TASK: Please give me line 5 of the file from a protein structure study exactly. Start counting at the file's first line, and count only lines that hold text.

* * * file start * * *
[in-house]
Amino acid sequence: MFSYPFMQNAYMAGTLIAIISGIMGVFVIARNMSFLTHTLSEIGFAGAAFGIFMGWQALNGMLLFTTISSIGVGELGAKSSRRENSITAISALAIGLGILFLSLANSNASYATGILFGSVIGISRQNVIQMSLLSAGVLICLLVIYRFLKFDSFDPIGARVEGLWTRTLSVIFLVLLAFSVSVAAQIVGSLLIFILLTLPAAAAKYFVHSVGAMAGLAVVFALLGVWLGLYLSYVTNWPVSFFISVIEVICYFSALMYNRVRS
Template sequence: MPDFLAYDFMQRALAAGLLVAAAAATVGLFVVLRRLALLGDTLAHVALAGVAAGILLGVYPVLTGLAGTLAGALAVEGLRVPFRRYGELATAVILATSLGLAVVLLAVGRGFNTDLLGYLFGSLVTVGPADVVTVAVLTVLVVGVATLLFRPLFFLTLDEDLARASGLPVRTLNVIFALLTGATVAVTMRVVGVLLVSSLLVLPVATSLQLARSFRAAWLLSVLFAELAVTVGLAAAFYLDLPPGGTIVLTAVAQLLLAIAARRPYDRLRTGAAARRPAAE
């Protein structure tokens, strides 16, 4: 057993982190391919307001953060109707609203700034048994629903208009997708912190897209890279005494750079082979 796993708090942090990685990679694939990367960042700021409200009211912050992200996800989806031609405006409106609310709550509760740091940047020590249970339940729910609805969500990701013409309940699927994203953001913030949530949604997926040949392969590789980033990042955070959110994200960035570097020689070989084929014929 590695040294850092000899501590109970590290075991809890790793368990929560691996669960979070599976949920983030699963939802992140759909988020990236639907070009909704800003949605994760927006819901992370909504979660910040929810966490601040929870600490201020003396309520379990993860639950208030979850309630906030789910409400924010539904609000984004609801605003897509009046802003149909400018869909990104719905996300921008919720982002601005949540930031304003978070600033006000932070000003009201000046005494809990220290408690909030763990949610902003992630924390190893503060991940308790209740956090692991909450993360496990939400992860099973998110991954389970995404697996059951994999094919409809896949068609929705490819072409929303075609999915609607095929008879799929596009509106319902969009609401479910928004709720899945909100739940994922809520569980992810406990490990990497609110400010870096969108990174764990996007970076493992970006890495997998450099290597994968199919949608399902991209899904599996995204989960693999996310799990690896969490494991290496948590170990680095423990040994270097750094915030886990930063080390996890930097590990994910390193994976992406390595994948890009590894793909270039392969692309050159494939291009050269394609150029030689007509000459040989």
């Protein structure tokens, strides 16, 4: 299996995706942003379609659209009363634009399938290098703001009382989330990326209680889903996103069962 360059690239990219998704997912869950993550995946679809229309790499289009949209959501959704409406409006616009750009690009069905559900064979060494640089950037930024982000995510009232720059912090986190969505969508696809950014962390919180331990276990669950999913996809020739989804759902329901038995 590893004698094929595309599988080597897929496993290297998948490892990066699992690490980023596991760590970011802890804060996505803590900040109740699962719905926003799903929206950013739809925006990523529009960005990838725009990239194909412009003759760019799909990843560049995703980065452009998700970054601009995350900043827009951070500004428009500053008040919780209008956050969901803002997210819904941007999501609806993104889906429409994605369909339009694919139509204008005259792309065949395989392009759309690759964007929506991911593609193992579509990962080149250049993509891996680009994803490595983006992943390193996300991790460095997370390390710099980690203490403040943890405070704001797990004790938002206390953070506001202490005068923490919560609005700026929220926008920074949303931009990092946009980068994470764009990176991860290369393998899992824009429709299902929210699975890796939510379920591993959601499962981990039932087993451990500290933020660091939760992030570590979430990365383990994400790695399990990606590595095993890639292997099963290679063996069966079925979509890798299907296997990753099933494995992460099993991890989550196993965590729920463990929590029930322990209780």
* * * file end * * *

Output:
């Protein structure tokens, strides 16, 4: 299996995706942003379609659209009363634009399938290098703001009382989330990326209680889903996103069962 360059690239990219998704997912869950993550995946679809229309790499289009949209959501959704409406409006616009750009690009069905559900064979060494640089950037930024982000995510009232720059912090986190969505969508696809950014962390919180331990276990669950999913996809020739989804759902329901038995 590893004698094929595309599988080597897929496993290297998948490892990066699992690490980023596991760590970011802890804060996505803590900040109740699962719905926003799903929206950013739809925006990523529009960005990838725009990239194909412009003759760019799909990843560049995703980065452009998700970054601009995350900043827009951070500004428009500053008040919780209008956050969901803002997210819904941007999501609806993104889906429409994605369909339009694919139509204008005259792309065949395989392009759309690759964007929506991911593609193992579509990962080149250049993509891996680009994803490595983006992943390193996300991790460095997370390390710099980690203490403040943890405070704001797990004790938002206390953070506001202490005068923490919560609005700026929220926008920074949303931009990092946009980068994470764009990176991860290369393998899992824009429709299902929210699975890796939510379920591993959601499962981990039932087993451990500290933020660091939760992030570590979430990365383990994400790695399990990606590595095993890639292997099963290679063996069966079925979509890798299907296997990753099933494995992460099993991890989550196993965590729920463990929590029930322990209780």